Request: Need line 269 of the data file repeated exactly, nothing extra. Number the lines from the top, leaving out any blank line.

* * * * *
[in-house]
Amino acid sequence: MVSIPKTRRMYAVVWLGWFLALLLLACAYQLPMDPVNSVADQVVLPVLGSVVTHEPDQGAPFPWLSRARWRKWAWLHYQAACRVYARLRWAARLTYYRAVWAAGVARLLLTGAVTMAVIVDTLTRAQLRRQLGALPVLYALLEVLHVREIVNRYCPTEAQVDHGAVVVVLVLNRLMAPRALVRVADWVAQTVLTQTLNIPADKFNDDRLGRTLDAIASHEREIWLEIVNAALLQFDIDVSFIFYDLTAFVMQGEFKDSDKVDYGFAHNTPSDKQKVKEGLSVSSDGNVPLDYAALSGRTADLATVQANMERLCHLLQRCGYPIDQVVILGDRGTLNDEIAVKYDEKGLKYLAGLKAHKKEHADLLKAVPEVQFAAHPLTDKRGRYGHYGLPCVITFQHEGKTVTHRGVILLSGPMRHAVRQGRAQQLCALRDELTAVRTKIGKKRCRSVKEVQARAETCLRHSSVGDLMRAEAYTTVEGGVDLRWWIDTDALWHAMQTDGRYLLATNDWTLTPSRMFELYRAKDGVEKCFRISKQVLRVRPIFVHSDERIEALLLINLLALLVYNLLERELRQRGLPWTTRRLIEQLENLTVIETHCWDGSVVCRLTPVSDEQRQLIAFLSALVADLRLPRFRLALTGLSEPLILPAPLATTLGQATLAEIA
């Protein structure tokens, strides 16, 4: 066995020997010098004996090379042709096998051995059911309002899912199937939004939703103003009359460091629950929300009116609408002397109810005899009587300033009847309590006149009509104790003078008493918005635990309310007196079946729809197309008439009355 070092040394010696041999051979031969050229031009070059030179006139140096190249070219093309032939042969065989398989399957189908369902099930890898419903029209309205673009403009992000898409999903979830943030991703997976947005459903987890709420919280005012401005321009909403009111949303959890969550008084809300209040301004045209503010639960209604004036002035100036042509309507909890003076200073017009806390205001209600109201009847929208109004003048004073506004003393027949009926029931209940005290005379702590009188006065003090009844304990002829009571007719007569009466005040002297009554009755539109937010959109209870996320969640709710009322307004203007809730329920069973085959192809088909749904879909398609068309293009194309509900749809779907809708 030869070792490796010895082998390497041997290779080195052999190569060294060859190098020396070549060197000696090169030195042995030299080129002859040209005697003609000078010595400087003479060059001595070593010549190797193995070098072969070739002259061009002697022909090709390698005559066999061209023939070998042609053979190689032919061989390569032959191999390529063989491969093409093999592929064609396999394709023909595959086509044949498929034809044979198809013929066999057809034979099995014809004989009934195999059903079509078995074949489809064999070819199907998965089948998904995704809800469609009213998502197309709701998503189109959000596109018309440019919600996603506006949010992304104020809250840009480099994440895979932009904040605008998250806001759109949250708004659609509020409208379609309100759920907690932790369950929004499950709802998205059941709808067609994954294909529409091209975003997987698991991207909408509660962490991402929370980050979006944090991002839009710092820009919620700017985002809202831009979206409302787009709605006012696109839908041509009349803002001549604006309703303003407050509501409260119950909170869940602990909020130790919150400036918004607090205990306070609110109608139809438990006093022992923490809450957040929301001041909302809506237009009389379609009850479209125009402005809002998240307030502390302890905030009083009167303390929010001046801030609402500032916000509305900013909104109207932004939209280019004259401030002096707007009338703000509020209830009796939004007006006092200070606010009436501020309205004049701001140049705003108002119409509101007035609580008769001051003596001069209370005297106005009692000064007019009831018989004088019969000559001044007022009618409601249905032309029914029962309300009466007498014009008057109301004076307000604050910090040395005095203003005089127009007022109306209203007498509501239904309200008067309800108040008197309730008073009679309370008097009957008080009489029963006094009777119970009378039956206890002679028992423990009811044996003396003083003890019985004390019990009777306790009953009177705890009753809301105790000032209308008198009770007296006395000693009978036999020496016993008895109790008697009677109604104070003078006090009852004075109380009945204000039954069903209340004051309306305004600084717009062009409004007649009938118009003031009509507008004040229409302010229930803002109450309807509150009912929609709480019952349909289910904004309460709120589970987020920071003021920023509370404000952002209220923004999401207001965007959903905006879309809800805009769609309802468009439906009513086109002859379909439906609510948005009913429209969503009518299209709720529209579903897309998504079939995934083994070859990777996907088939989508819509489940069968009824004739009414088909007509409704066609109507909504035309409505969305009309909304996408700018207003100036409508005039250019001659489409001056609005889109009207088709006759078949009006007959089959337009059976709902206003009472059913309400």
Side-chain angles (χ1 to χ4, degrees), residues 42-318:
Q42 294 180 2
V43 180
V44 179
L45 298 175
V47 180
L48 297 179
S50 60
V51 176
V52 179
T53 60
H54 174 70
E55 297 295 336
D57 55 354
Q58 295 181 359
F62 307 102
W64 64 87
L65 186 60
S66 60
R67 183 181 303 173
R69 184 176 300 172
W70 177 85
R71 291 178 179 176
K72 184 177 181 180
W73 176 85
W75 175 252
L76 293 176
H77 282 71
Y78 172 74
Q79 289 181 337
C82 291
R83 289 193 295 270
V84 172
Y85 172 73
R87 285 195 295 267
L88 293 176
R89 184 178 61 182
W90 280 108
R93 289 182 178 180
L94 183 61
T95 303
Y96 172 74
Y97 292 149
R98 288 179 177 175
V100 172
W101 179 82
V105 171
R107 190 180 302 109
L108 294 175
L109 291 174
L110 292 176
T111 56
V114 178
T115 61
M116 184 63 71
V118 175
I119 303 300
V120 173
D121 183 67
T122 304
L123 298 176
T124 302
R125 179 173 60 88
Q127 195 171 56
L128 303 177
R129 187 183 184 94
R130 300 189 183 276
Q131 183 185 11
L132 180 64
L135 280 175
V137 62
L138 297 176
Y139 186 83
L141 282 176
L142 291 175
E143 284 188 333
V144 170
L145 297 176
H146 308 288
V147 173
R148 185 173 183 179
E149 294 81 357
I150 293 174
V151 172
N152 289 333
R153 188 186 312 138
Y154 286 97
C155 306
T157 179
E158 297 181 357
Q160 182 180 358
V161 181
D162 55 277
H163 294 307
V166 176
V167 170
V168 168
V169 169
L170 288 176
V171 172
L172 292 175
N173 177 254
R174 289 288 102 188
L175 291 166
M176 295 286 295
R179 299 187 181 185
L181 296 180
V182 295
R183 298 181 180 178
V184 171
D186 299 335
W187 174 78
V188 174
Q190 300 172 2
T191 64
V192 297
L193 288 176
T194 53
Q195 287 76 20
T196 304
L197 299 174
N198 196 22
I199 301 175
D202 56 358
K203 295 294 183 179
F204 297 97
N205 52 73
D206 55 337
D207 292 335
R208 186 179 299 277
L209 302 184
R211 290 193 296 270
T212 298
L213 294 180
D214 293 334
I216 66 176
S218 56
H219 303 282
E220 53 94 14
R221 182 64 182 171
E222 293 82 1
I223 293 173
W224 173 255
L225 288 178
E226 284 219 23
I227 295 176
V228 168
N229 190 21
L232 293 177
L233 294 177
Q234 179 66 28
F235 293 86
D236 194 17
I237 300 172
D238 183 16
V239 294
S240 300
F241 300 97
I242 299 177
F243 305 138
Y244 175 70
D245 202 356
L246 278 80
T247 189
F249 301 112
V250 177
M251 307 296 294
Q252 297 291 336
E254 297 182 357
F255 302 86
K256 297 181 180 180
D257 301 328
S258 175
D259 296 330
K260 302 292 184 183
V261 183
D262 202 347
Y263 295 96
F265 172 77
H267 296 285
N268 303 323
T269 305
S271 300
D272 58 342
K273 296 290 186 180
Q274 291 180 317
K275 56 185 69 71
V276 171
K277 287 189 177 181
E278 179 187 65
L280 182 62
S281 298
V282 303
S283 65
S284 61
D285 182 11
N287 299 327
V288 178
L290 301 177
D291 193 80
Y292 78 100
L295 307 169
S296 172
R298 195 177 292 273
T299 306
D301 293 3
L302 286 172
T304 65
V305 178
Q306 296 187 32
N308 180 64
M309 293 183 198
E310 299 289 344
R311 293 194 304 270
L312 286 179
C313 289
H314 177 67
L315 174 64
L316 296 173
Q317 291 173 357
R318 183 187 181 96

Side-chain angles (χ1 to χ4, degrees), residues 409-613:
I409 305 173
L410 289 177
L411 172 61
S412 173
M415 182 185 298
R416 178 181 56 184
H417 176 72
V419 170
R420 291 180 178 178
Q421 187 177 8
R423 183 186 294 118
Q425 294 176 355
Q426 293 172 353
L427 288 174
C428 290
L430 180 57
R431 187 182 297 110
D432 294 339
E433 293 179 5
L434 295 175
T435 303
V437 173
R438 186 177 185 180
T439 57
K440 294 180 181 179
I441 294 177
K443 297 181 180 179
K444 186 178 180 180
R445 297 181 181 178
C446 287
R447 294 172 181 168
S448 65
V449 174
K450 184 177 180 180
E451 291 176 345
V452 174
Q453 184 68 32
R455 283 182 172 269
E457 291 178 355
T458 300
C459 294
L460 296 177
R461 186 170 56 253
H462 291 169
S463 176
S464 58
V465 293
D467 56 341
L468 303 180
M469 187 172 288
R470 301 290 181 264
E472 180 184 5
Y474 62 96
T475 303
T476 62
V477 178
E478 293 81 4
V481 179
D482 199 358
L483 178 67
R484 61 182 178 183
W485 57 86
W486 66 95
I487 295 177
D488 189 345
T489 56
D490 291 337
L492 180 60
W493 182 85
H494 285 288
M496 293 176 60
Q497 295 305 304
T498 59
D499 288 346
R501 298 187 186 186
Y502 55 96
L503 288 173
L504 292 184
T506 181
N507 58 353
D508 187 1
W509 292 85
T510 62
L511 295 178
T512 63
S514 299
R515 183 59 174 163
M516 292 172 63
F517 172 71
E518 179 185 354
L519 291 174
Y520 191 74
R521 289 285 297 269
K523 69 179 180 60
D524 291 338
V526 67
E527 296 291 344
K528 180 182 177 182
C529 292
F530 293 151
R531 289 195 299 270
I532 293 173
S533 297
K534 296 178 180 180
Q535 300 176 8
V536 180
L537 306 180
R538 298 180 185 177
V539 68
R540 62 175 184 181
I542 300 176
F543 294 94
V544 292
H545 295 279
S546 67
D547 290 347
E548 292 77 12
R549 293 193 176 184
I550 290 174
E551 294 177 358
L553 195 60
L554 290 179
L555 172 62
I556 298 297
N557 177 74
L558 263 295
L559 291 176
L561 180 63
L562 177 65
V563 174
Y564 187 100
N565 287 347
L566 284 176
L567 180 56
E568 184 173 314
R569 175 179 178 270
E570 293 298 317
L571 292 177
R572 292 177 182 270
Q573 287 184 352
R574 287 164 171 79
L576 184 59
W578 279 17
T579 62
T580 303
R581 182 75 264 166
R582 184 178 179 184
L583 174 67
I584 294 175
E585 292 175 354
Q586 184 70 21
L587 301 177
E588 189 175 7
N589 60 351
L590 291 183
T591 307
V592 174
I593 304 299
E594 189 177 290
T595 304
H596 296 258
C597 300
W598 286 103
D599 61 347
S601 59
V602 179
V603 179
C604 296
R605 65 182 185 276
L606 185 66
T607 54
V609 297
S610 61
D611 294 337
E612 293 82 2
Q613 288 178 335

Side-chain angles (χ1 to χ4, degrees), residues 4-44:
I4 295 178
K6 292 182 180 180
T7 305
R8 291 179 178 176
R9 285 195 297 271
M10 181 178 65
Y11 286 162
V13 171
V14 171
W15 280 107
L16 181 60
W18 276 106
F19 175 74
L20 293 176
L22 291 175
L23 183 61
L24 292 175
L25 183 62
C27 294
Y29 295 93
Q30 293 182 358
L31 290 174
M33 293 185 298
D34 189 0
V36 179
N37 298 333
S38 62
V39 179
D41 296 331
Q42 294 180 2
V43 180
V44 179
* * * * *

H462 291 169